How should we talk to our children about the war in Ukraine?

Handout photo issued by Maia Mikhaluk of damage to property in Kyiv, Ukraine, caused by an explosion

Handout photo issued by Maia Mikhaluk of damage to property in Kyiv, Ukraine, caused by an explosion during Russia's invasion of Ukraine. - Credit: PA

What should we say to our children about the war in Ukraine?  Should we be shielding them from the news?  How much should we tell them?  What should we do if they are upset?

There are no simple ‘right’ and ‘wrong’ answers to questions like these. It depends on the age of the child, their understanding of the world, their own previous experiences.  We don’t want to add to their worries but we do want to support their development as rounded, compassionate, resilient human beings and help them to understand the world and their place in it.  

We also need them to feel they have a voice and can be empowered to make changes for the better as they clearly need to do a better job than we have done to secure a safe future for our planet.     

We always encourage children and young people to talk to a trusted adult if they are upset but it is important that adults know what to say.  If you are asked, don’t rush to provide answers, keep the conversation open and give reassurance that it is good to talk.

Find out what they already know, what have they seen? It might be that they have just seen something upsetting on TV and they need to tell you. What they say, their level of understanding about it as they talk, will help you to decide how to respond and what to say.

Listen, acknowledge their feelings, and tell them that it is normal to feel upset, confused or angry about what is happening.

Be honest about not knowing when you need to be, but be factual where you can.  Talk about what we know and how we know it.  We all need to be able to spot ‘fake news’ and learn to discern the truth and this is not easy.  

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This generation of children are more connected with their counterparts across the world than ever before.  

They will feel they have much in common with young people in other countries and will more easily empathise with the plight of the children and families in Ukraine.  We have children in our schools from Ukraine and neighbouring countries.  Understandably we all feel we want to help and we must encourage our young people to feel they can do something meaningful.

They may want to write a letter, make a charity donation, or carry out an act of kindness to someone in their own family or community.  People are being ingenious - I heard of an English woman who booked and paid for an AirB&B in Kyiv - a small act of kindness which was received as such by a Ukrainian family hiding in a basement and fearing for their lives.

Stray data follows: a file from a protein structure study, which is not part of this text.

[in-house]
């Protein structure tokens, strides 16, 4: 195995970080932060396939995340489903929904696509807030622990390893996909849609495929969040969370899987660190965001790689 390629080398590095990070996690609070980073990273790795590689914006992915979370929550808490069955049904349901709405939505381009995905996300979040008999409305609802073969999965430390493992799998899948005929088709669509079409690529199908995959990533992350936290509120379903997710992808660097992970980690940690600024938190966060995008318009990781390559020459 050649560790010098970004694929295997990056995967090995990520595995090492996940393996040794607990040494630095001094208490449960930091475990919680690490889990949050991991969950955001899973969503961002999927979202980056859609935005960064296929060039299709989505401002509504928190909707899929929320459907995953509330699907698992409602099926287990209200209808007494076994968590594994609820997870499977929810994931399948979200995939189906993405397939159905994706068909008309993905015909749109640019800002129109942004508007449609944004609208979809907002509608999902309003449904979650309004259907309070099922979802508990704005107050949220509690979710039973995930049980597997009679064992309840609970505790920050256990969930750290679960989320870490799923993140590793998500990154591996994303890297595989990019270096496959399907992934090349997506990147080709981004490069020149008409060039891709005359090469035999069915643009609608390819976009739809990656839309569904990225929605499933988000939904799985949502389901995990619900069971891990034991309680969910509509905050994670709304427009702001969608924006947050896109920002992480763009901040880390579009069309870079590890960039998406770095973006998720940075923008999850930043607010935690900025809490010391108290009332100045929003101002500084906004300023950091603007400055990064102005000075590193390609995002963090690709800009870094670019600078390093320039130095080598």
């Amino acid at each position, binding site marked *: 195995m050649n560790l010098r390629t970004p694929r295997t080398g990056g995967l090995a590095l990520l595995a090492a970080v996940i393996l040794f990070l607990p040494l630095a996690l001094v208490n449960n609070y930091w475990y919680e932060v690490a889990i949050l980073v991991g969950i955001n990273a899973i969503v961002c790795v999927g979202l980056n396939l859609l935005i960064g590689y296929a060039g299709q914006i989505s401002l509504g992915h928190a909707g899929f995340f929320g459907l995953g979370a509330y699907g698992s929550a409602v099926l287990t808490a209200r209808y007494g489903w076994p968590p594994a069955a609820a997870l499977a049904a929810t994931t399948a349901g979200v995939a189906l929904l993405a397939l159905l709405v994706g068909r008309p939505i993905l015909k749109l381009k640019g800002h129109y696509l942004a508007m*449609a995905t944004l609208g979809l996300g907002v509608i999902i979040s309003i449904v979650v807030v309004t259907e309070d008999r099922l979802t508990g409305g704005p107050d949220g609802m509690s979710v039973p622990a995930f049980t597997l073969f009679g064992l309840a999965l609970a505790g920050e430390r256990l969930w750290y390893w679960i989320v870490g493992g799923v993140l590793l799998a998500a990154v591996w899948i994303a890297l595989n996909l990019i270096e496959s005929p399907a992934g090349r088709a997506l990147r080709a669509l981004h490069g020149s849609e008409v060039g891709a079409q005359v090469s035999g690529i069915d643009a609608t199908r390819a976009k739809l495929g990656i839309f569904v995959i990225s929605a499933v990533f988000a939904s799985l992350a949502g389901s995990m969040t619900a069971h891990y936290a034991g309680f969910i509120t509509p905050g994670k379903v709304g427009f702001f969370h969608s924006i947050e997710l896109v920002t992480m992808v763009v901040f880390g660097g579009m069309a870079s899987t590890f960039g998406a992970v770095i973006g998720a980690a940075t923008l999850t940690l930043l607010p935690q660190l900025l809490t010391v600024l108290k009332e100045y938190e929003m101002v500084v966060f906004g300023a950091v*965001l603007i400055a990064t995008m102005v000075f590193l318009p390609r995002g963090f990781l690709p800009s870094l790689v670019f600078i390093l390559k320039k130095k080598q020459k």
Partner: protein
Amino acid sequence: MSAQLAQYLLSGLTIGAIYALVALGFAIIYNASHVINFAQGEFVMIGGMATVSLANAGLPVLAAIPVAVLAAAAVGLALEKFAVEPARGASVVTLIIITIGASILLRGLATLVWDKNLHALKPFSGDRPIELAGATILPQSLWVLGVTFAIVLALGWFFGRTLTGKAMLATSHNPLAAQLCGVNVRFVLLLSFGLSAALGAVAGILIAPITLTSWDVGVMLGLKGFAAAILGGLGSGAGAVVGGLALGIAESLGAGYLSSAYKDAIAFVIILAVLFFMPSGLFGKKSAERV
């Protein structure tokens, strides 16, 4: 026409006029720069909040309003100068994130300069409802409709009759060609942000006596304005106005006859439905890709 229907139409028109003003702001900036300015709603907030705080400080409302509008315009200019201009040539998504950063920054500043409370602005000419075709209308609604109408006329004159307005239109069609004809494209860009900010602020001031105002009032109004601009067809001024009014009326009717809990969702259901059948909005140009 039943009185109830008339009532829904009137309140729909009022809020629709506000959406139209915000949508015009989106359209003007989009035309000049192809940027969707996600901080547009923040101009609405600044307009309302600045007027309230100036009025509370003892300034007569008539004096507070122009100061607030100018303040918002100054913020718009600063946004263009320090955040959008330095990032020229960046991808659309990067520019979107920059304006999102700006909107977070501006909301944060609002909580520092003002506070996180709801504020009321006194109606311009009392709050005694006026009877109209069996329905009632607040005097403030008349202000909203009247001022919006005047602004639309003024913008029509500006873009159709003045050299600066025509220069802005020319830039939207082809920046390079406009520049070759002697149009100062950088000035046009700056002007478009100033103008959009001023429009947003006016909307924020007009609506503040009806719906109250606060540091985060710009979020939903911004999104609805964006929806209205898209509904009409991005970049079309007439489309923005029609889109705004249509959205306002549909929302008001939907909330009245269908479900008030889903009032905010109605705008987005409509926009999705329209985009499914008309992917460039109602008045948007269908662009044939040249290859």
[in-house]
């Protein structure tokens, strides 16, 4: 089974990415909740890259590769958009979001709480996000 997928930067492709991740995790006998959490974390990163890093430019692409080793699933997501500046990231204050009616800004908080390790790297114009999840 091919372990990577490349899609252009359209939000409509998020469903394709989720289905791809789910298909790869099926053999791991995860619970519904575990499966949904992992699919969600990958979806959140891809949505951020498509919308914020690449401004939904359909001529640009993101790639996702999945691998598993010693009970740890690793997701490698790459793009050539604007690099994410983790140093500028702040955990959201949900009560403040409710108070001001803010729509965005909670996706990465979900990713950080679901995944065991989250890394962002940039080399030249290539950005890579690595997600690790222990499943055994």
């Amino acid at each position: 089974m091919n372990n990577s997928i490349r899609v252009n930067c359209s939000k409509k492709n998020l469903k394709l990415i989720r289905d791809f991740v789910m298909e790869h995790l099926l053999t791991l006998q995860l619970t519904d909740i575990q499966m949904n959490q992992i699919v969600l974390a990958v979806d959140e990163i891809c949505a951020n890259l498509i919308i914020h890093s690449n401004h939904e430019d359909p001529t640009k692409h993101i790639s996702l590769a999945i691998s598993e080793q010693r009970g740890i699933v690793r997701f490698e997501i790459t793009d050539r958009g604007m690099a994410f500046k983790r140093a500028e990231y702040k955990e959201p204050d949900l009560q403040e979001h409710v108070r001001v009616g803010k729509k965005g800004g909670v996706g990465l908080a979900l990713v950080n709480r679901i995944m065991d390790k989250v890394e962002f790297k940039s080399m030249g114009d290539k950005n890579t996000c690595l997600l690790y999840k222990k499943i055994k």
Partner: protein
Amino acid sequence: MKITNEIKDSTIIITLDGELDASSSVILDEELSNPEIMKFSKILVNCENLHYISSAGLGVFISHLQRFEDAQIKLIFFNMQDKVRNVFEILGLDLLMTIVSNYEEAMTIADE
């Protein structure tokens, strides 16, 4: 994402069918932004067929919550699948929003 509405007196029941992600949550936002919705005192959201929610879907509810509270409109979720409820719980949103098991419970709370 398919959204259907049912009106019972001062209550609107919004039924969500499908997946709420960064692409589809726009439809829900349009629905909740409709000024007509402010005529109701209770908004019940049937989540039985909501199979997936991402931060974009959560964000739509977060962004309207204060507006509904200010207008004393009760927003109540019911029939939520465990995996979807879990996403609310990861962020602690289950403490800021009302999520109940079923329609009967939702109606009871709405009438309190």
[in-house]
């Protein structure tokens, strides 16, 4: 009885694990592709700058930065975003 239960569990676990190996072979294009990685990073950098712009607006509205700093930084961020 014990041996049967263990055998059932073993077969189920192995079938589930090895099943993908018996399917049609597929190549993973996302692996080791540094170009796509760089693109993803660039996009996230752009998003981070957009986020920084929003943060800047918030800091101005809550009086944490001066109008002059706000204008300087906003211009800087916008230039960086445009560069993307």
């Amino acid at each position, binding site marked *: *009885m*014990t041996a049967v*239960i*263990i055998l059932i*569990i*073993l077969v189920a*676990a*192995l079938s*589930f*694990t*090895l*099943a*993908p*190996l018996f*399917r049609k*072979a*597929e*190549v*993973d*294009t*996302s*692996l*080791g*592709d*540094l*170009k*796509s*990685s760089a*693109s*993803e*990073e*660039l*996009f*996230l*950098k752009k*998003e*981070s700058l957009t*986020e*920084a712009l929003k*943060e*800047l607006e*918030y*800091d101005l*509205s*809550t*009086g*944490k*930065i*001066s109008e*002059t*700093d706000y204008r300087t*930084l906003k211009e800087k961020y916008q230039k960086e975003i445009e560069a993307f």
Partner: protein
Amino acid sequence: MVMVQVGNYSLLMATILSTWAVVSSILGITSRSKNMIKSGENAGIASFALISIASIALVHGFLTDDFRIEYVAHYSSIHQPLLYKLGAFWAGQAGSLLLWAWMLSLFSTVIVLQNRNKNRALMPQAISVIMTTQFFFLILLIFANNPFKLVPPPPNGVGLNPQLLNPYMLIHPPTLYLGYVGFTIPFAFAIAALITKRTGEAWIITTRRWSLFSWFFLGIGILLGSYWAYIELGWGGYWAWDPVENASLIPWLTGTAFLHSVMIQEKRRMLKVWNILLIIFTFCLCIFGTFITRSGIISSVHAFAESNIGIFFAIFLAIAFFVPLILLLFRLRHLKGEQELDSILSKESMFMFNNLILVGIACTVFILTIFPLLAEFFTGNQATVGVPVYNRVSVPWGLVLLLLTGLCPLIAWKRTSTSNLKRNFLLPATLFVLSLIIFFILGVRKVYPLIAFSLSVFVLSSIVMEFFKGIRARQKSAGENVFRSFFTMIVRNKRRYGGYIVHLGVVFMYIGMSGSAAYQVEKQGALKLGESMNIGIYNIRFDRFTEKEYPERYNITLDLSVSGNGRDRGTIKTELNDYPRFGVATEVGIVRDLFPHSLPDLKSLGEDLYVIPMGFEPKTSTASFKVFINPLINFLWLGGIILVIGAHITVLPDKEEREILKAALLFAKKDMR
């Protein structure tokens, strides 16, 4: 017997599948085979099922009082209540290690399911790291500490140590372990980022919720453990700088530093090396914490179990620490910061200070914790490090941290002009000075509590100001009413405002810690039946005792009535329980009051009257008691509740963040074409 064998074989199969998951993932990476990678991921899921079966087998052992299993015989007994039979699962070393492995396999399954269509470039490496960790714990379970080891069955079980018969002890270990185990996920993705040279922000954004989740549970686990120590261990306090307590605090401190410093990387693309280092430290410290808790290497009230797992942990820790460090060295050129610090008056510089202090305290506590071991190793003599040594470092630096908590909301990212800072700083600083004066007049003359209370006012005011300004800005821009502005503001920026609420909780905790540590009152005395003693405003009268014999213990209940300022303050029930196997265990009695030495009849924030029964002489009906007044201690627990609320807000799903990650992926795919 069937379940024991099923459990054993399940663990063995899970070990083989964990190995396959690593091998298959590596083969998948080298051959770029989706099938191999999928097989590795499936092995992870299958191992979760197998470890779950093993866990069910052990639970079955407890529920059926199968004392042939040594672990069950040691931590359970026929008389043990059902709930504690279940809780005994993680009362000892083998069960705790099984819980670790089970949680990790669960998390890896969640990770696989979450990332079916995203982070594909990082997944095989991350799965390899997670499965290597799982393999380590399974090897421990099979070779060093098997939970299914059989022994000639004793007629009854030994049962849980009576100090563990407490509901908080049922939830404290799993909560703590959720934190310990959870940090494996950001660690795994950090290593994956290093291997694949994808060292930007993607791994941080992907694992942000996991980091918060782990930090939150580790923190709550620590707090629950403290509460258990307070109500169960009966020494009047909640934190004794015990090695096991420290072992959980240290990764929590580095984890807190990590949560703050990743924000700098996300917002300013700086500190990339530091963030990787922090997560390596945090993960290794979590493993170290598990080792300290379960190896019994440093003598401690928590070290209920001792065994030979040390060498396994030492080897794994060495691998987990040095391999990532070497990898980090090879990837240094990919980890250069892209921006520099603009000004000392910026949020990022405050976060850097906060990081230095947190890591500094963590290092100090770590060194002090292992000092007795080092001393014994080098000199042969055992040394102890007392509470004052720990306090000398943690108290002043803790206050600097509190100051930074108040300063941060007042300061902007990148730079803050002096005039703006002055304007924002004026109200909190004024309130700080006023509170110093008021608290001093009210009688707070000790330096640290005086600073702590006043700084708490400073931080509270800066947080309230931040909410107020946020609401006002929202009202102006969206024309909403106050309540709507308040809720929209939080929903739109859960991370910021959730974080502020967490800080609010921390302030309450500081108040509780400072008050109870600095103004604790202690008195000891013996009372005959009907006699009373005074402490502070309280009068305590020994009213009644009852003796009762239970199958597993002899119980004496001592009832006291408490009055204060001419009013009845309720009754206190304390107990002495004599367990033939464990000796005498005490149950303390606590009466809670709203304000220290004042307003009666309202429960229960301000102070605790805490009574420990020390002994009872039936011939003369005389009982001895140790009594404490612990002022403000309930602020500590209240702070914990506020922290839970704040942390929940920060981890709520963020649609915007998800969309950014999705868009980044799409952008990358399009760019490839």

You may not be able to answer all of their questions - how can we explain the ludicracy of war.  It is never right or good for humans to kill each other and we have a right to live peacefully.  

We have seen Ukrainian mothers fleeing with their children, desperately trying to shield them from the terror they must feel.  Wherever children are, they need to feel safe and they need to feel loved.  Luckily, there is a basic instinct in most humans to protect and care for their young.  

When talking with your children, always keep in mind that they will cope best if they themselves feel safe and loved. These terrible events are very rare and our children need to believe that they will end, and life will be ok.    

Further information and advice is available from a range of organisations.  

BBC’s Newsround and their website provides additional follow up information as well as advice about what to do if you feel upset by the news.

The Department for Education (DfE) has provided, “Help for teachers and families to talk to pupils about Russia’s invasion of Ukraine and how to help them avoid misinformation”.

Educate Against Hate provides guidance on misinformation, diverse perspectives and helping young people to talk about the news and navigate complex and sensitive topics. 

Childline (Worrying about Russia and Ukraine) offers telephone support and online guidance for children worried about the war in Ukraine and advises them to - Talk to someone you can trust - Get the facts - Take a break - Do something positive.  Their telephone number is 0800 1111.

- Clare Flintoff is the CEO of ASSET Education, which runs a number of primary schools across Suffolk.